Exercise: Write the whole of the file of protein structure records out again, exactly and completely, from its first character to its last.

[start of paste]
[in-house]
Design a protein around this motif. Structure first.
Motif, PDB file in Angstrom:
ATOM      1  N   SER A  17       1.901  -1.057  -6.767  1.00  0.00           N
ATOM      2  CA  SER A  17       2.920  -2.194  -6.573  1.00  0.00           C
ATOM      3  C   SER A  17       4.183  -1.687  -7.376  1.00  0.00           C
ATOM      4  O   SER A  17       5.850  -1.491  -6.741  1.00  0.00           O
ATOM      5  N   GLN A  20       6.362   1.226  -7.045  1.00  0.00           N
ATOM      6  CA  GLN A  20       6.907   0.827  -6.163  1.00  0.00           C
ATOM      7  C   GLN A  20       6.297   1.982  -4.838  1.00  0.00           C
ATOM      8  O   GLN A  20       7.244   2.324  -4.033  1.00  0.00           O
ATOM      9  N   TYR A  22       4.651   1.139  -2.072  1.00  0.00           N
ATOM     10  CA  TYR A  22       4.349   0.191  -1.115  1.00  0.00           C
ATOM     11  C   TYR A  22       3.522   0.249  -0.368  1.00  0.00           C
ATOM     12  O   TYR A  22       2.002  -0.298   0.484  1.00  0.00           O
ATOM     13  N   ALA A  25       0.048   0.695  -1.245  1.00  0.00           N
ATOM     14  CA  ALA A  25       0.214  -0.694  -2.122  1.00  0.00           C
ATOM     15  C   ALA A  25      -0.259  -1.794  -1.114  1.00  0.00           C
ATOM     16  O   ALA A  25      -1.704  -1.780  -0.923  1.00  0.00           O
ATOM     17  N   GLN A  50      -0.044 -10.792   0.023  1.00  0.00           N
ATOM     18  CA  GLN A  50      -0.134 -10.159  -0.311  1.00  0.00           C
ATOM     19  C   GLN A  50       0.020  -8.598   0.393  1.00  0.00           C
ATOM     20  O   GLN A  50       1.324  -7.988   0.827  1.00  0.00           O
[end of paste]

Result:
[in-house]
Design a protein around this motif. Structure first.
Motif, PDB file in Angstrom:
ATOM      1  N   SER A  17       1.901  -1.057  -6.767  1.00  0.00           N
ATOM      2  CA  SER A  17       2.920  -2.194  -6.573  1.00  0.00           C
ATOM      3  C   SER A  17       4.183  -1.687  -7.376  1.00  0.00           C
ATOM      4  O   SER A  17       5.850  -1.491  -6.741  1.00  0.00           O
ATOM      5  N   GLN A  20       6.362   1.226  -7.045  1.00  0.00           N
ATOM      6  CA  GLN A  20       6.907   0.827  -6.163  1.00  0.00           C
ATOM      7  C   GLN A  20       6.297   1.982  -4.838  1.00  0.00           C
ATOM      8  O   GLN A  20       7.244   2.324  -4.033  1.00  0.00           O
ATOM      9  N   TYR A  22       4.651   1.139  -2.072  1.00  0.00           N
ATOM     10  CA  TYR A  22       4.349   0.191  -1.115  1.00  0.00           C
ATOM     11  C   TYR A  22       3.522   0.249  -0.368  1.00  0.00           C
ATOM     12  O   TYR A  22       2.002  -0.298   0.484  1.00  0.00           O
ATOM     13  N   ALA A  25       0.048   0.695  -1.245  1.00  0.00           N
ATOM     14  CA  ALA A  25       0.214  -0.694  -2.122  1.00  0.00           C
ATOM     15  C   ALA A  25      -0.259  -1.794  -1.114  1.00  0.00           C
ATOM     16  O   ALA A  25      -1.704  -1.780  -0.923  1.00  0.00           O
ATOM     17  N   GLN A  50      -0.044 -10.792   0.023  1.00  0.00           N
ATOM     18  CA  GLN A  50      -0.134 -10.159  -0.311  1.00  0.00           C
ATOM     19  C   GLN A  50       0.020  -8.598   0.393  1.00  0.00           C
ATOM     20  O   GLN A  50       1.324  -7.988   0.827  1.00  0.00           O